I have been looking at a few duplex’s in my area, and I have seen a couple that are interesting but when I analyze them the cash flow is not good. I want to give an offer but for a price that works.
From your experience when offering is there a certain % below offering that you typically will offer?
What if the home has been on the market for 9 months? Are there any tips you recommend?
@Habbak Burs Every listing has a price that makes it worth it to YOU. I recommend that you focus more on what price makes it a good deal for you rather than a specific % below asking price. You will get lots of rejections for low ball offers, so make lots of offers and expect rejection. Last thing you want to do is overpay for something and then struggle to keep it alive.
Thanks I will try it out.
@Habbak Burs the first duplex I bought my first offer was 40% less than asking price. When it was all said and done we closed 25% less than asking.
There have been times for rehab properties I’ve offered 75% less and been flat out rejected.
@Habbak Burs - Let your goals determine the price. You start at "no", so why not make the offer that fits your needs.
My last purchase was a four house package deal. I offered $25k under and they only dropped the price by only $5K. I agreed but knew that I would not compromise on any known repairs that we detected during due diligence. They spent a few thousand and fixed all detected repair items. I was comfortable paying near full price. Also the seller paid commission and half of closing costs. Of note, the property had a fifth home not included in the pricing determination since it required $20k in rehabilitation and had been uninhabited for over 1 year. Also rents were a little below market. Also, it was on 2.7 acres with an empty lot. All this added up to another $50k in unrealized equity. This is why I was comfortable paying near asking price.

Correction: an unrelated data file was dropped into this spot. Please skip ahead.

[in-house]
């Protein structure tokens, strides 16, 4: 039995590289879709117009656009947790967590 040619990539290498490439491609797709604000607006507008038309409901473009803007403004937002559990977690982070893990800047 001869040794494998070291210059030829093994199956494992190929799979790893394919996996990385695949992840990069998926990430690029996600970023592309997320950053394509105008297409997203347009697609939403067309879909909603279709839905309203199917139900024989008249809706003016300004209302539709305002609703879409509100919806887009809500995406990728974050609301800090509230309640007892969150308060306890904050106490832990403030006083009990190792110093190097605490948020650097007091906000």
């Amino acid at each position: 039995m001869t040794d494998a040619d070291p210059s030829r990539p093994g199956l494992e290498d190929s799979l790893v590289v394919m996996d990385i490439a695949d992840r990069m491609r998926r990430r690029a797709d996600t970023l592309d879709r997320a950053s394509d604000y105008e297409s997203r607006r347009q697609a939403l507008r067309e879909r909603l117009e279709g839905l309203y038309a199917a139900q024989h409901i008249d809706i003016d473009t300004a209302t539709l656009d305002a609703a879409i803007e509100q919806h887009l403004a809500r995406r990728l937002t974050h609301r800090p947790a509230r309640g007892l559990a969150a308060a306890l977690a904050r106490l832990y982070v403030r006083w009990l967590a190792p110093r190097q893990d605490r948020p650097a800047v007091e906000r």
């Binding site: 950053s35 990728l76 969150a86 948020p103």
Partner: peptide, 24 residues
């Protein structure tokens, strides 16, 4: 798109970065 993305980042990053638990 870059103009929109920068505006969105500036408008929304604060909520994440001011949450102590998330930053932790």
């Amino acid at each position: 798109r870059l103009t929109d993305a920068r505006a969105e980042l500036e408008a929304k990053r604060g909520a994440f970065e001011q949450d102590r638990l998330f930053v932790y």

If it helps I’ve offered 20% over asking and not gotten the deal because someone else paid more.
The worst, absolute worst mistakes I’ve made is not buying a property because I had bought a comparable property for less previously. I lost enough deals over less than $5k that I avoid looking up their current values or sales prices.
If you slightly overpay time will take better care of you than if you never purchase.